Jackson County, NC, is home to the Western North Carolina Fly Fishing Trail®, the first fly-fishing trail in the county. With over 92,000 trout stocked annually, the rivers that flow through the mountain towns of Cashiers, Cherokee, Dillsboro, and Sylva, serve as a fly fisherman’s paradise year-round.
As the leaves change and the temperatures cool, changes are also taking place along our rivers. October and November are the optimal time of year to angle the Tuckasegee River, known affectionately by locals as ‘the Tuck’. Cooler waters mean more active fish, longer feeding periods, lengthier fly hatches, and plentiful stocking for your fly-fishing adventure.
Longer Nights = More Bites
Summer’s long warm days are pleasant and bright for many, but the warmer water can have an adverse effect on the fish population. Warmer weather can create stress for the fish, making them conserve energy and spend the majority of the day not actively feeding.
According to local guide shop Tuckasegee Fly Shop, autumn provides longer, cooler nights making the season a “sweet spot” for anglers. The benefit of long nights in the fall means more consistent water temperatures. The cooler the water, the more oxygenated it is, meaning more active fish and longer feeding periods throughout the day.
Longer Hatches = More Snatches
The fly hatches that fish feed on reap the benefit of the cool weather as well. Four main fly hatches can be found along the Fly Fishing Trail® in the fall: Midges, Stone Flies, May Flies, and Caddice Flies. Temperatures affect when the bugs mature and in fall there’s more predictability and a larger fly population.
Delayed Harvest, Ease of Access & Plentiful Fish
The Tuck has more than five miles of delayed harvest waters. Delayed harvest means anglers can fish only with artificial lures with one single hook. The benefit is a great fishing experience with lots of catches.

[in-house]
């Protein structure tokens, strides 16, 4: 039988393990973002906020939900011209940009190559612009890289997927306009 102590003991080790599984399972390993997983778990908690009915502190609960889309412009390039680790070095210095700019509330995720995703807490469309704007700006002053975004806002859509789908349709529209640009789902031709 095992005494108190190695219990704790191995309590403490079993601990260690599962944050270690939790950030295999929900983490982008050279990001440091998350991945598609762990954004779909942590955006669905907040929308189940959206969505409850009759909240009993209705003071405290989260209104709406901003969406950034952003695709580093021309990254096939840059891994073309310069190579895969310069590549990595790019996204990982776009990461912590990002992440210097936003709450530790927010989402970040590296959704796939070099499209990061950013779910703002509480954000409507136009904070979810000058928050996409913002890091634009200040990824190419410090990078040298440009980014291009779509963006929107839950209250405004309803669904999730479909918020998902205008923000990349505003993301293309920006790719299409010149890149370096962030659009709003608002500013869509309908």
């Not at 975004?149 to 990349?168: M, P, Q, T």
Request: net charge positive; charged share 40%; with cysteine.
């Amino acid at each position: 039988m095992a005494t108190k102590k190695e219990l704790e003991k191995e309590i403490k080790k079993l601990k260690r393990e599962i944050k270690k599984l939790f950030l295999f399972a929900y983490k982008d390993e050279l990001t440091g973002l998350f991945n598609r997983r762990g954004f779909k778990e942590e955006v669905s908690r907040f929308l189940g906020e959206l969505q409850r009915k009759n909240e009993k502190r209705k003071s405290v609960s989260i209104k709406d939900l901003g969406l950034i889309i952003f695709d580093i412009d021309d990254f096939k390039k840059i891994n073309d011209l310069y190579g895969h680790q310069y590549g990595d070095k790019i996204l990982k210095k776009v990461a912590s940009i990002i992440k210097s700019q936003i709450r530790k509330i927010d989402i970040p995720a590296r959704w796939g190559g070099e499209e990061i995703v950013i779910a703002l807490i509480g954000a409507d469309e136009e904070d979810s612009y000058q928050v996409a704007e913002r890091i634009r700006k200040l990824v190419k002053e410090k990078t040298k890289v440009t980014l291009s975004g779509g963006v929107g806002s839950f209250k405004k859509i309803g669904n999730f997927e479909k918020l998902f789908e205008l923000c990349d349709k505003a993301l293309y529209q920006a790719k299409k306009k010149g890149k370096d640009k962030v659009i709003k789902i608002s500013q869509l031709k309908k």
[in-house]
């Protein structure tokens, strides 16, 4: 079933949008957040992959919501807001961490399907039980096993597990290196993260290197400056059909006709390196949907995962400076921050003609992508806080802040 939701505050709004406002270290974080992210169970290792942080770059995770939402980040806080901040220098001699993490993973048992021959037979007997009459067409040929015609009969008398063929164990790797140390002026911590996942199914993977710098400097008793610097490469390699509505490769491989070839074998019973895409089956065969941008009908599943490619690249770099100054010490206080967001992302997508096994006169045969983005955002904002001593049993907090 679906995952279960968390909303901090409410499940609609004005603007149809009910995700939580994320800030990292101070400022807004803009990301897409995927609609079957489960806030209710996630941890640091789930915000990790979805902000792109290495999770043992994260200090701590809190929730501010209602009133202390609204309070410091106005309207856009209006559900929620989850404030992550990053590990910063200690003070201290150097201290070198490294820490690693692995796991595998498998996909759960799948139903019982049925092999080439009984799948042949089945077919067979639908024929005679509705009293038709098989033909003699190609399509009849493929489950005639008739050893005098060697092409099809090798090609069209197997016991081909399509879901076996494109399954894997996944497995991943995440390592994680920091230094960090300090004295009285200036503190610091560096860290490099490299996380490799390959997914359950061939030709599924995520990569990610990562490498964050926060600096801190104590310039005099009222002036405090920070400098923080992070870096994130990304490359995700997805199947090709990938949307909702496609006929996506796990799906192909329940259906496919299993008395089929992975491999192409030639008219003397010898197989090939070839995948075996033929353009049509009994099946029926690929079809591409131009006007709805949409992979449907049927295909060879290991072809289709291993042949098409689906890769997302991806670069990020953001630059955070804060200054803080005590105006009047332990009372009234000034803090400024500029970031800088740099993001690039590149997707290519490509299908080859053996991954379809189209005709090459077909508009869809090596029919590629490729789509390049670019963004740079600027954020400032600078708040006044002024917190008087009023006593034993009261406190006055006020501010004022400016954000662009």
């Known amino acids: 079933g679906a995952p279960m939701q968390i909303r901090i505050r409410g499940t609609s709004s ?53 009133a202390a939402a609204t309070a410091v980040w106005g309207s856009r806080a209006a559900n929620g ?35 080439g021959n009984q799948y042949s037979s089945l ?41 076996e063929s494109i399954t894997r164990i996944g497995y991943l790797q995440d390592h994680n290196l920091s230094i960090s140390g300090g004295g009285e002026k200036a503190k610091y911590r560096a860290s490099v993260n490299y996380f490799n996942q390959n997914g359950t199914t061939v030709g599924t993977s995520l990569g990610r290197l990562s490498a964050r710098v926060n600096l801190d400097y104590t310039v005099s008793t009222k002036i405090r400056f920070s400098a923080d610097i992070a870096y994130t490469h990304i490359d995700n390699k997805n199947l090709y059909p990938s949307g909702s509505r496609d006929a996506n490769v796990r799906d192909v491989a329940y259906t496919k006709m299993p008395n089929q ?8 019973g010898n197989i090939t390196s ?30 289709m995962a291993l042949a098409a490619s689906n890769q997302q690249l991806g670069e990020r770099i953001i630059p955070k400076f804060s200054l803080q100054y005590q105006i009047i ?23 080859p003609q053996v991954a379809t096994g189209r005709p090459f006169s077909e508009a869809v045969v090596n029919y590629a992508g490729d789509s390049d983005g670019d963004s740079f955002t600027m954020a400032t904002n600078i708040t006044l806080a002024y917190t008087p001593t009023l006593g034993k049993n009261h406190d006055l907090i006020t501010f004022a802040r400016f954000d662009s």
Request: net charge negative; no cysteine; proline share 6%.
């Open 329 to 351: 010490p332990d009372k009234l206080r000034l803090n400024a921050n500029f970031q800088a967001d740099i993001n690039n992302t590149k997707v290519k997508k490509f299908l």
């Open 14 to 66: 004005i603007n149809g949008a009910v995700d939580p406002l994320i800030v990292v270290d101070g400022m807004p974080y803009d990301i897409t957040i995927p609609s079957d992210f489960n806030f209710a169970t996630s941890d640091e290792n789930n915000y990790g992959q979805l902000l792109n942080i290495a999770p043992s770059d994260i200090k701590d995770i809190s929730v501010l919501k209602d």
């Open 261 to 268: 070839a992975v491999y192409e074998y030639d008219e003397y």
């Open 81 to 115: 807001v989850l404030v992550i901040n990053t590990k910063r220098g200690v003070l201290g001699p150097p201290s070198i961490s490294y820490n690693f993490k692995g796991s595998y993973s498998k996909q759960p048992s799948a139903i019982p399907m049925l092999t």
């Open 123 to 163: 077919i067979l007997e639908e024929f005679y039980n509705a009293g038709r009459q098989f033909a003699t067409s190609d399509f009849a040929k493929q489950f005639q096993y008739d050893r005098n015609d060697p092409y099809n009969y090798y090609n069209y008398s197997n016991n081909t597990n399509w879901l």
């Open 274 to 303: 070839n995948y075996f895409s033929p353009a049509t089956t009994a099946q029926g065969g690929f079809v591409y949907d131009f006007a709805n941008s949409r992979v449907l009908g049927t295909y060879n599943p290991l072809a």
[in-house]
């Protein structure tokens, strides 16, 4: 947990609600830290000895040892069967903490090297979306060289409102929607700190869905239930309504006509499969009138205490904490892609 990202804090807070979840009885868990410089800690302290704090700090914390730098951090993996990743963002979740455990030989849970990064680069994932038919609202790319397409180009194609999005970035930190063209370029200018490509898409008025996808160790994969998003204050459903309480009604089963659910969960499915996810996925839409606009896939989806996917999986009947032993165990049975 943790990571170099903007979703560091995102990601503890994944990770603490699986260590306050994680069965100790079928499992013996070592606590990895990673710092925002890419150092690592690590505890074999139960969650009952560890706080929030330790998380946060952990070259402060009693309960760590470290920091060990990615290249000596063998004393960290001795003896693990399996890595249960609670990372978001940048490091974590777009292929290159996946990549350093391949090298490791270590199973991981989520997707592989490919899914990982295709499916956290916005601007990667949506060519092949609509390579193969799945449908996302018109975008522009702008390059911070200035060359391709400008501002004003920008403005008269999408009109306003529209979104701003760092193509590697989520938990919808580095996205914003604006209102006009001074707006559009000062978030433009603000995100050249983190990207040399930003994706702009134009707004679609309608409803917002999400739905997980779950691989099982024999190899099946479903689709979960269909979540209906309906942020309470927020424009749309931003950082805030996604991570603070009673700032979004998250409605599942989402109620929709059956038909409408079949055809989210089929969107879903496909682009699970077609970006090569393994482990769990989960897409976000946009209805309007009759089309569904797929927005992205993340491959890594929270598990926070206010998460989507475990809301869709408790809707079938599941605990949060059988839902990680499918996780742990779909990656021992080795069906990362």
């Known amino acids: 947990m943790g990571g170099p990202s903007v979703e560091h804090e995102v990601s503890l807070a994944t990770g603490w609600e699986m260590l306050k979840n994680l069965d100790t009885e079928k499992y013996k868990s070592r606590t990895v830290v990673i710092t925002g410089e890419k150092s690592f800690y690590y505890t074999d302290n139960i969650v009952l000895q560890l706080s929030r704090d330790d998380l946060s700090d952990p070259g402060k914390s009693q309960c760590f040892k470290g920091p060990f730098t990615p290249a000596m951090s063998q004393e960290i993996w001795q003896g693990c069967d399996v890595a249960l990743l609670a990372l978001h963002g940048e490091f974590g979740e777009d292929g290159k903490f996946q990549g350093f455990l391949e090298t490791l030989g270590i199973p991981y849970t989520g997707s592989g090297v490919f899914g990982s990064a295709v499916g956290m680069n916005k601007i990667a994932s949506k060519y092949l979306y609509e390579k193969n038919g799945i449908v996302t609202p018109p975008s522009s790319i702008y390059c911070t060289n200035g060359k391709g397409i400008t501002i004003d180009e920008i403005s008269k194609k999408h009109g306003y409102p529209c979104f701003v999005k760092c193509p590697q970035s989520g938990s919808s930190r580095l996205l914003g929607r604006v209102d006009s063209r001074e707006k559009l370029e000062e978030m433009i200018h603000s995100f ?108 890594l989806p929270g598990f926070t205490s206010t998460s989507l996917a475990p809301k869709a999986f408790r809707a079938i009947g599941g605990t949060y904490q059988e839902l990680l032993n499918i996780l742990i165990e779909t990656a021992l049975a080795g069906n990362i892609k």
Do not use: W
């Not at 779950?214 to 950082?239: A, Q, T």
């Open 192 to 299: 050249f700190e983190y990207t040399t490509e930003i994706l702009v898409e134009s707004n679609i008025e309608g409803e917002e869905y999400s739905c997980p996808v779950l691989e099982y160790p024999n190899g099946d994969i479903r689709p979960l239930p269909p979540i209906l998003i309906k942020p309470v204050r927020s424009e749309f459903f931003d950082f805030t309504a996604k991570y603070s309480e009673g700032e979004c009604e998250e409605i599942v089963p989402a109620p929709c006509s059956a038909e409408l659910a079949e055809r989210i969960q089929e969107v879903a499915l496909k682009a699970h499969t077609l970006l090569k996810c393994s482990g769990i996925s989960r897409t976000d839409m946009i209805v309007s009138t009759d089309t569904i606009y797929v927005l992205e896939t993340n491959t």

The Tuckasegee River is stocked four times during the fall throughout October and November, giving anglers ample opportunity to reel in the big one.
No matter if you’re looking to wade or float, the Tuck is also known for its accessibility. The river runs the length of Jackson County and has a number of public access points for anglers to begin their adventure.
To ensure the experience remains great for everyone, we ask that anglers coming to Jackson County take the Sportsmen’s Pledge: “As a true sportsman, I pledge to never litter and to avoid trespassing on private lands. I will respect the rights of property owners, and always leave the streams in better condition than I found them.”
Plan Your Fly-Fishing Getaway
Another benefit of angling our waters is our central location. Your fly-fishing adventure is closer than you think! Jackson County is only a half day’s drive from many of the Southeast’s largest cities. Trade your traffic for trout, and “tackle” the WNC Fly Fishing Trail®.
Our outfitters and guides have the gear and expertise you need to help you make the most out of your angling adventure. Make sure to check out our WNC Fly Fishing Trail Map® highlighting 15 prime spots to reel in brook, brown, and rainbow trout.
While in Jackson County, there’s another trail worth exploring; the Jackson County Ale Trail. With over 120 locally brewed beverages, our Ale Trail has the perfect brew to help you relax after a day on the water. As your fall fly fishing adventure winds down, you’ll want to get rested up for your next excursion. From cabins to vacation rentals, hotels, and more, we’ve got the perfect place to get a full night’s sleep. Plan your trip today.
Header Image Courtesy of @mgreer01